Then there was the matter of voice input as the chatbot we were creating did not just support text but audio too. So, based on studies we conducted and role-playing, we had to generate sentences based on various likely scenarios and record them being spoken. The process alone involved many Saturdays, late nights, and snacking.
Although our first prototype was poor, and our client was furious, we persevered. In the end, we practically became banking “experts” to get the job done. And we succeeded. Our product brought a big smile to our client, helping to answer 80 to 90% of banking inquiries and relieving the pressure on front-line staff.
We made the impossible possible. How about you?
Essere brings to ASTRI over 20 years of experience in IT, coding, e-commerce, and as a start-up entrepreneur. At ASTRI, Essere focuses on R&D in artificial intelligence, specialising in human-computer interactions and intelligent knowledge management systems. Essere aims to one day see the Greater Bay Area shine as a world-class innovation hub.
From Jurassic Park to ASTRI
As a Michael Crichton fan, I was obsessed when the movie Jurassic Park came out back in 1993. However, instead of the sexier genetic-engineering focus of the movie, I found myself more impressed by how technology was able to affect people’s lives.
When I joined ASTRI in 2018, I worked on R&D for elderly care. I got to work with senior citizens, caretakers, doctors and researchers, among others. The greatest part of my work was being able to bring smiles to people’s faces.
I remember on the last day of the Gerontech and Innovation Expo that year; I met an old lady, a retired professional who lived alone and wore the effects of a long-term illness on her shoulders, who was curious about the work we did at ASTRI. Just before leaving, she patted my arm and told me to keep going. She said the work we did could one day help people like her.
That one moment made me realise my calling – to help people live better lives through technology. I might not be saving lives like an ER doctor or a firefighter, but I can work with fellow ASTRIANs to build innovative solutions to support those real-life superheroes, and ordinary people.
I realised that at ASTRI, it’s not just our jobs, but our responsibility.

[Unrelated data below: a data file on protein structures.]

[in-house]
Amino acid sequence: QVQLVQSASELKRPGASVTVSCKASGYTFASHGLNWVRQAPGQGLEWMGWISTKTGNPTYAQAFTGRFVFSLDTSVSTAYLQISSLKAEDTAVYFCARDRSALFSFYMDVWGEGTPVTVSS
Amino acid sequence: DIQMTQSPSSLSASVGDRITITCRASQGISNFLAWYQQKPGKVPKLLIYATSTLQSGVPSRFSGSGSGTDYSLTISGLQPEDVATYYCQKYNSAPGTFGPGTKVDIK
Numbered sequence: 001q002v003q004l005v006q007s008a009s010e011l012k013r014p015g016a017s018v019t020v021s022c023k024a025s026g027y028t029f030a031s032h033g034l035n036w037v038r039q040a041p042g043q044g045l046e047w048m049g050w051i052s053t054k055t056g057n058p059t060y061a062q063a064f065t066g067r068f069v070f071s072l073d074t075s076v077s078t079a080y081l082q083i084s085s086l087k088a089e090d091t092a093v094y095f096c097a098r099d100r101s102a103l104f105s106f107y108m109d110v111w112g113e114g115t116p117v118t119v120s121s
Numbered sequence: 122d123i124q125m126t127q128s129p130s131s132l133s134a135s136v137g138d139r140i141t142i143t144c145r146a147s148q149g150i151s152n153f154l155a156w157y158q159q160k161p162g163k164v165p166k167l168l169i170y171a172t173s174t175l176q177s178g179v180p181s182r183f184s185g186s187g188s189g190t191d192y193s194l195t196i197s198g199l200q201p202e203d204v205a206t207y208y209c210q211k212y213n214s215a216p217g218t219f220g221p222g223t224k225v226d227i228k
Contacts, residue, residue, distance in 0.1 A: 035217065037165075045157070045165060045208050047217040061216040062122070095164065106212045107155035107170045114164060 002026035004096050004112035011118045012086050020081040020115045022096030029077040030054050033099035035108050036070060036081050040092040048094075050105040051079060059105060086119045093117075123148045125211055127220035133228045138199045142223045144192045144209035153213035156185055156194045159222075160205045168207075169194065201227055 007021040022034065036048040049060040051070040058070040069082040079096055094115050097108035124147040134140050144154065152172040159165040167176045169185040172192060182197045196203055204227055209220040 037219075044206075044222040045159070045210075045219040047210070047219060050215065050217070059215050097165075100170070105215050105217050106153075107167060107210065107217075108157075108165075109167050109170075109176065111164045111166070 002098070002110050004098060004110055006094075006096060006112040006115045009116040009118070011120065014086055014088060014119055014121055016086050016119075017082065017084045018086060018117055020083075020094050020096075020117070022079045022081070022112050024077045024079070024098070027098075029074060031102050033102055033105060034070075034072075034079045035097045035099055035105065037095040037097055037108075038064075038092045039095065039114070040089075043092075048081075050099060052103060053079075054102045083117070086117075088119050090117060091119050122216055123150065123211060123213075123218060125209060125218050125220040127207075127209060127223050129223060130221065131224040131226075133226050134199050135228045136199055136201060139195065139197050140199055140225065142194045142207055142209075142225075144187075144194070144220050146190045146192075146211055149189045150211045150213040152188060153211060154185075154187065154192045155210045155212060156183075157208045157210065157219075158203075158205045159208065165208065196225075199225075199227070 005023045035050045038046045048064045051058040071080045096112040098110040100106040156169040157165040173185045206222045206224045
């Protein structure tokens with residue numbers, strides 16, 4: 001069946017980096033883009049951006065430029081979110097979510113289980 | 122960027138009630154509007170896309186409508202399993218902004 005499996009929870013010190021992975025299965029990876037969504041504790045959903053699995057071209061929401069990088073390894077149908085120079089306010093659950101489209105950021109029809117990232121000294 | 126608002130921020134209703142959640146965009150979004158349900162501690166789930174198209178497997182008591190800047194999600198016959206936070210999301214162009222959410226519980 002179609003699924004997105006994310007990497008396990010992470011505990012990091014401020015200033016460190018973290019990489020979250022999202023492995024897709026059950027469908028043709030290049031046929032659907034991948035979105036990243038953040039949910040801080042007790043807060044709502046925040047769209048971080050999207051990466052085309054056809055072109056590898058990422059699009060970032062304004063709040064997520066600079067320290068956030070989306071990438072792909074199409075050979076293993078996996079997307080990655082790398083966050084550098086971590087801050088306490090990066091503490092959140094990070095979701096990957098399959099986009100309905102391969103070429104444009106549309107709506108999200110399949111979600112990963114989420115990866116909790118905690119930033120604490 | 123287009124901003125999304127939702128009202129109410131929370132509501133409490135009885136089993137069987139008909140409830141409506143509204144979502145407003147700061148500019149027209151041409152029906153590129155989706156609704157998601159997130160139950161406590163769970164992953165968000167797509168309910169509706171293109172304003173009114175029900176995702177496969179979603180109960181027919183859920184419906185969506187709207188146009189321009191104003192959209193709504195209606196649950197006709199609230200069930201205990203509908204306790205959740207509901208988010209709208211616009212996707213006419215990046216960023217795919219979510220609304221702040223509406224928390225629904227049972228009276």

Jerry oversees the smart city project management and development at ASTRI. He is the man responsible for establishing the Hong Kong smart water communication standard. In 2017, he led the team that won the Best Business Solution Bronze Award at the prestigious Hong Kong ICT Awards.
When burning incense is a blessing in more ways than one
It was the start of 2020 and our project with the Fire Services Department (FSD) to develop toxic gas detection sensors was in full swing. By mid-January, most debugging work was complete and the system could send out test signals continuously for hours, transmitting and displaying test data on six gases – carbon dioxide, carbon monoxide, sulfur dioxide, nitrogen dioxide and hydrogen sulfide - as well as on volatile organic compounds.
But we soon hit a snag. We needed to conduct tests on the gases, but how? FSD had very strict rules on the purchase and storage of toxic gases, and it could take months to obtain the necessary approvals. With less than a week to the Lunar New Year celebrations, what were we to do?
But after lengthy discussions, we had a spark – we could burn incense sticks! That should release the gasses we needed. So we rushed off to purchase the incense, steel plates to burn the sticks on and a large plastic box that would not only help to reduce any air pollution created from the experiments but ensure that part of the incense sticks would not be fully burnt. A long data cable connected the laptop placed outside the box.
So armed with a bundle of incense sticks, we conducted our tests by the seaside. It worked. The concentration of the various gases had definitely increased by several degrees, compared to before when there were no incense sticks being burnt. The results of the experiments were consistent with previous analyses, and all gas sensors worked as designed.
Perhaps burning all that incense before the Lunar New Year was really a blessing in more ways than one. May the luck carry us forward for the rest of 2020.